If Star Trek’s Q had been judging humanity based on the actions of the Anons, he would have come to a different conclusion than he did in "Encounter at Farpoint". It’s easy to laugh at the Anons, with their beliefs in mole people and secret codes of red shoes and pizza. But they are full-blooded fascists, who openly fantasized about mass executions and have beliefs inspired by antisemitic conspiracy theories. They are obsessed with pop culture, frequently telling each other to ‘sit back and enjoy the show’ and to ‘grab the popcorn’. Even their infamous saying ‘Where we go one, we go all’ (or WWG1WGA) was lifted from the 1996 boating/adventure romp White Squall.
The mysterious Q of Qanon has similarities to Q of Star Trek — both are representatives of shadowy, anonymous and all-powerful (and fictional) societies. As Q befriends Captain Picard, working to inspire, test and save him, Q from Qanon is seen to work in tandem with Trump. And while in Star Trek, the impish Q might create illusions to teach the crew of the Enterprise a twisted sort of lesson, the Q from Qanon seems to have drawn thousands of people from around the world into a shared toxic delusion.
There is a third Q in this mix: the enemy of a European revolutionary from a 1999 Italian novel. The book was written by an anonymous collective who published under the name ‘Luther Blissett’. Their numbers have dwindled from hundreds in the 90s to a handful of people who now publish under the name ‘Wu Ming’ (which can be translated as ‘anonymous’). Back in 2018, journalist Annalisa Merelli pointed out the similarities in the novel to the Qanon conspiracy theory. It’s intended to be a handbook to push back against the status quo - the hero is a revolutionary who travels through Europe starting rebellions. He is pursued by a shadowy figure named Q who is working for the Catholic church. These anonymous networks and references to revolutions might be what leads Anons to assert that their movement goes back decades, hundreds, even thousands of years. Anons also make allusions to the American president as a Christ-like figure, with Q as a guardian angel. They believe he is in some ways the second-coming, destined to remake the Earth. This links to the religious themes of the novel, Q, as well as to omnipotence of the god-like Q from Star Trek. This blend of fascism, conspiracy and religion is a powerfully toxic mix — and has led to church leaders in the USA to warn about it infecting faith communities.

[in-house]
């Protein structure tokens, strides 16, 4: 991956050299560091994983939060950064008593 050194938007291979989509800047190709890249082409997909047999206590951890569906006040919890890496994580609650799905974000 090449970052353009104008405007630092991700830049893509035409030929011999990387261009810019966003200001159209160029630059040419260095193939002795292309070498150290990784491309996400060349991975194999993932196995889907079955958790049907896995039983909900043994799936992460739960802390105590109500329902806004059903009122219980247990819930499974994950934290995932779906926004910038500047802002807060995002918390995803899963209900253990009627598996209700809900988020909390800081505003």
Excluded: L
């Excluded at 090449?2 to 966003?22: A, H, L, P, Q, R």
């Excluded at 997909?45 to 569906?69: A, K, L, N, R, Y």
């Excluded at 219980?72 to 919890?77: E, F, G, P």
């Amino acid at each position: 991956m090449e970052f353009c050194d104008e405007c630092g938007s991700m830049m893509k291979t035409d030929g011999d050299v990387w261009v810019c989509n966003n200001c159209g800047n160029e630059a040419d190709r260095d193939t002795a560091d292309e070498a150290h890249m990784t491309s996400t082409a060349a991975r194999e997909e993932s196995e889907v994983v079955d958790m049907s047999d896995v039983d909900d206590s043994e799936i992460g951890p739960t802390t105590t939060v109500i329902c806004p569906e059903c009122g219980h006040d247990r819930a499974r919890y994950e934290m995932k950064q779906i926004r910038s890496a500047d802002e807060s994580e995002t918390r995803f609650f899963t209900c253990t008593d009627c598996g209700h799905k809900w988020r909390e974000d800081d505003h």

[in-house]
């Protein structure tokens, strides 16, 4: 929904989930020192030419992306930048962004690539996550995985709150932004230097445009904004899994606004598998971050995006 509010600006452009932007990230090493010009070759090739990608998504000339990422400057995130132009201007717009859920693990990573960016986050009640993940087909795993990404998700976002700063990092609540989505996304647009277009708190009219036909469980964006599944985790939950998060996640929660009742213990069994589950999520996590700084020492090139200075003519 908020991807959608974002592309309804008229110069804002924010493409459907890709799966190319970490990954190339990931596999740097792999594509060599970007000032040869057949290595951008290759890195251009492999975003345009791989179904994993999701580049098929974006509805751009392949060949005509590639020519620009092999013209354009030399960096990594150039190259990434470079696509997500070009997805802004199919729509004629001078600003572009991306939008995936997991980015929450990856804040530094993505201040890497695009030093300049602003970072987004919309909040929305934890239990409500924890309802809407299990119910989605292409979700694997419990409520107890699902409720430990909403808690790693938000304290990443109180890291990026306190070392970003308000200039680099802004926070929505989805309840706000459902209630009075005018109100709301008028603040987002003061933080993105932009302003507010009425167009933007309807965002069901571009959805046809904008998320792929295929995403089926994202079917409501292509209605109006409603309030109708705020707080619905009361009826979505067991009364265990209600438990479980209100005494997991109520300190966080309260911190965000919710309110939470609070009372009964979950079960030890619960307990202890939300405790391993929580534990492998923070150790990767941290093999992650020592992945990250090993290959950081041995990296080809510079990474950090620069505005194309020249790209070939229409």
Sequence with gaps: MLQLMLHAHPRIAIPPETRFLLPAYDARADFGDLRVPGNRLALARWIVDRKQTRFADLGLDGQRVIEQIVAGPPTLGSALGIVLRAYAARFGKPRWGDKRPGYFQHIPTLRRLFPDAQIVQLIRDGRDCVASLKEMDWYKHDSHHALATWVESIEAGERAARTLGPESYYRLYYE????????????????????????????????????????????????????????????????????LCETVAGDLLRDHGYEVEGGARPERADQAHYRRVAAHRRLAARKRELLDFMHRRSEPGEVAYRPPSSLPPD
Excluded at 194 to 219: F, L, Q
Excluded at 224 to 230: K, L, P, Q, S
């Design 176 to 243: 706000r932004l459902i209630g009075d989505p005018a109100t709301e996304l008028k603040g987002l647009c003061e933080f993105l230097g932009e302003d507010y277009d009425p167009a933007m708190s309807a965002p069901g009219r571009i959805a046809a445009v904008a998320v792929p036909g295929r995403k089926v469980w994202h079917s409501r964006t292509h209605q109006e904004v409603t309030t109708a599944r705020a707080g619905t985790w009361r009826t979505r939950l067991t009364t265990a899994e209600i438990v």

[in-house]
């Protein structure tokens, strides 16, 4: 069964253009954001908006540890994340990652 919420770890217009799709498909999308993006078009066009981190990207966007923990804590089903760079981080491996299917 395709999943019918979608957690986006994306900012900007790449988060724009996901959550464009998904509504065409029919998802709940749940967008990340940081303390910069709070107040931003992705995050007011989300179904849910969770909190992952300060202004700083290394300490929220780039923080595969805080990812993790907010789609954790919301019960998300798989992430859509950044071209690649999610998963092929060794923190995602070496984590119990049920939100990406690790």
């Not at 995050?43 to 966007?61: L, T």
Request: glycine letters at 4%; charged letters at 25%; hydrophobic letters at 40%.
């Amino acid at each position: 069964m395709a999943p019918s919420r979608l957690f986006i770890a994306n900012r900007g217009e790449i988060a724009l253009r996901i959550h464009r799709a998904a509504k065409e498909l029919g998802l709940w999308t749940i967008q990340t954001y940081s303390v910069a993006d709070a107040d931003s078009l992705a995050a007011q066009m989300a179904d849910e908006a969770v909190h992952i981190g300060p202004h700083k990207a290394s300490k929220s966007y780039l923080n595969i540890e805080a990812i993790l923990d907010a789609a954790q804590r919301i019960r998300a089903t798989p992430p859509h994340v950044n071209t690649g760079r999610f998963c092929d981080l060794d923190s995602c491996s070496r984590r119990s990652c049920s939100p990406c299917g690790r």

Star Trek: Lower Decks - Q Shows Up On The U.S.S. Cerritos
So all 3 Qs are enigmatic and potentially malevolent figures, pulling the strings behind important events. Q from the novel is the antagonist and Q from Star Trek is an anti-hero, while Q from Qanon is so clearly a villain to outsiders. But the question is: will Anons wake up and see Q for what he is? My great hope is that, like so many of the Starfleet crews who have encountered a Q of their own, the Americans who have been tricked will be able to wake up from the delusion Q wove around them, and go back to their lives and families.
Hannah Copestake (she/her) is a British writer whose work critiques pop culture and digital life. She is studying for a Masters in Digital Society from the University of Edinburgh and holds a BA in English Literature and Creative Writing from the University of Birmingham.